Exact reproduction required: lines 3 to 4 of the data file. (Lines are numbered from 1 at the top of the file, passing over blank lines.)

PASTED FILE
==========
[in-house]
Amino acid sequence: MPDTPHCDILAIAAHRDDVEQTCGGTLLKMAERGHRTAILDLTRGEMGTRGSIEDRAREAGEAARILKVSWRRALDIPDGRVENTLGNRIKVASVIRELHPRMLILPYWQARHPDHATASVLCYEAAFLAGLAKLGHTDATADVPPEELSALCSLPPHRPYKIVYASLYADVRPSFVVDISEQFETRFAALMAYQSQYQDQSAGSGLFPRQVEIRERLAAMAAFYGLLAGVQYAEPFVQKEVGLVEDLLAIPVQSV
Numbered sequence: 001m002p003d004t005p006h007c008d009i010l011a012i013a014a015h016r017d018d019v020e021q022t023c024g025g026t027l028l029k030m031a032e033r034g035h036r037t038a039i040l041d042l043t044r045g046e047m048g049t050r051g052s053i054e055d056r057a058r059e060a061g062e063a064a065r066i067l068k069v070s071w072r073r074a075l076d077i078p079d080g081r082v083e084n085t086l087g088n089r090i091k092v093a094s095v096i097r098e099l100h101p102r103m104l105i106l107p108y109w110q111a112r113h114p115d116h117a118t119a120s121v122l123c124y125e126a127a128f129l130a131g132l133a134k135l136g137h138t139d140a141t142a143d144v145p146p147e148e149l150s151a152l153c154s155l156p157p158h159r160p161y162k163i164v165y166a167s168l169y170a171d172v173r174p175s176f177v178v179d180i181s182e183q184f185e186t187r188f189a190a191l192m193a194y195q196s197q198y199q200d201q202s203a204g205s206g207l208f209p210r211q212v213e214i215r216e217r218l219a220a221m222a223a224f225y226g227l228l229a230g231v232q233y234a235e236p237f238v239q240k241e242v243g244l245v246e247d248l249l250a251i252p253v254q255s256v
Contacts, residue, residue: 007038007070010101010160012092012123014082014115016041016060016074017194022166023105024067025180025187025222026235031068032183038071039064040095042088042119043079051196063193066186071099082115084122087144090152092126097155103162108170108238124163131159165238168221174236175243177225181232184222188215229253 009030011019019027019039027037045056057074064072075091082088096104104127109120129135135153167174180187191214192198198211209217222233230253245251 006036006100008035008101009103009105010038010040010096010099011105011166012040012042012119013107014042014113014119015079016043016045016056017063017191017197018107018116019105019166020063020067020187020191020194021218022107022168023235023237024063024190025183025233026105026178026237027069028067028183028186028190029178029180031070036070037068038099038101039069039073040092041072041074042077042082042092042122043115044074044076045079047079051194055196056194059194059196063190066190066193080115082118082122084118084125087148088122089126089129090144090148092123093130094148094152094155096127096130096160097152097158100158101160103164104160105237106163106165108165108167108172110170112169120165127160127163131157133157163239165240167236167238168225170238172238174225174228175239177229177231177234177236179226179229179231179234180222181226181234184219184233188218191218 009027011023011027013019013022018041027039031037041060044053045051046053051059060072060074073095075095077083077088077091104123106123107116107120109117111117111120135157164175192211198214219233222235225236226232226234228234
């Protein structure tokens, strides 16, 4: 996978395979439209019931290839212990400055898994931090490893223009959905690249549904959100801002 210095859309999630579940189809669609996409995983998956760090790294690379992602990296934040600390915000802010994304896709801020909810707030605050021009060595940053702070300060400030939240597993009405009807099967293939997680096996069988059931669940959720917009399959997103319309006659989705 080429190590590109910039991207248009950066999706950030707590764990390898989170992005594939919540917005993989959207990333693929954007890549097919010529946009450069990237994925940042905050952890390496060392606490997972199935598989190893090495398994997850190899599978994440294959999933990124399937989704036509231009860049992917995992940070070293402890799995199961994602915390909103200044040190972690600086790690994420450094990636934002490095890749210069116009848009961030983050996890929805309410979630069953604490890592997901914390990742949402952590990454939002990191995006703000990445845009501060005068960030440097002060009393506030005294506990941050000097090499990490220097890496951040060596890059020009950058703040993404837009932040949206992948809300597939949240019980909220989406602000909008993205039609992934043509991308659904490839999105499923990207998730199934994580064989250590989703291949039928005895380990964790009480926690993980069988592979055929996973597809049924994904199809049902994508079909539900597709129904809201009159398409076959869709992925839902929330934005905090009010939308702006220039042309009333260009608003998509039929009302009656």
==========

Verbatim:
Numbered sequence: 001m002p003d004t005p006h007c008d009i010l011a012i013a014a015h016r017d018d019v020e021q022t023c024g025g026t027l028l029k030m031a032e033r034g035h036r037t038a039i040l041d042l043t044r045g046e047m048g049t050r051g052s053i054e055d056r057a058r059e060a061g062e063a064a065r066i067l068k069v070s071w072r073r074a075l076d077i078p079d080g081r082v083e084n085t086l087g088n089r090i091k092v093a094s095v096i097r098e099l100h101p102r103m104l105i106l107p108y109w110q111a112r113h114p115d116h117a118t119a120s121v122l123c124y125e126a127a128f129l130a131g132l133a134k135l136g137h138t139d140a141t142a143d144v145p146p147e148e149l150s151a152l153c154s155l156p157p158h159r160p161y162k163i164v165y166a167s168l169y170a171d172v173r174p175s176f177v178v179d180i181s182e183q184f185e186t187r188f189a190a191l192m193a194y195q196s197q198y199q200d201q202s203a204g205s206g207l208f209p210r211q212v213e214i215r216e217r218l219a220a221m222a223a224f225y226g227l228l229a230g231v232q233y234a235e236p237f238v239q240k241e242v243g244l245v246e247d248l249l250a251i252p253v254q255s256v
Contacts, residue, residue: 007038007070010101010160012092012123014082014115016041016060016074017194022166023105024067025180025187025222026235031068032183038071039064040095042088042119043079051196063193066186071099082115084122087144090152092126097155103162108170108238124163131159165238168221174236175243177225181232184222188215229253 009030011019019027019039027037045056057074064072075091082088096104104127109120129135135153167174180187191214192198198211209217222233230253245251 006036006100008035008101009103009105010038010040010096010099011105011166012040012042012119013107014042014113014119015079016043016045016056017063017191017197018107018116019105019166020063020067020187020191020194021218022107022168023235023237024063024190025183025233026105026178026237027069028067028183028186028190029178029180031070036070037068038099038101039069039073040092041072041074042077042082042092042122043115044074044076045079047079051194055196056194059194059196063190066190066193080115082118082122084118084125087148088122089126089129090144090148092123093130094148094152094155096127096130096160097152097158100158101160103164104160105237106163106165108165108167108172110170112169120165127160127163131157133157163239165240167236167238168225170238172238174225174228175239177229177231177234177236179226179229179231179234180222181226181234184219184233188218191218 009027011023011027013019013022018041027039031037041060044053045051046053051059060072060074073095075095077083077088077091104123106123107116107120109117111117111120135157164175192211198214219233222235225236226232226234228234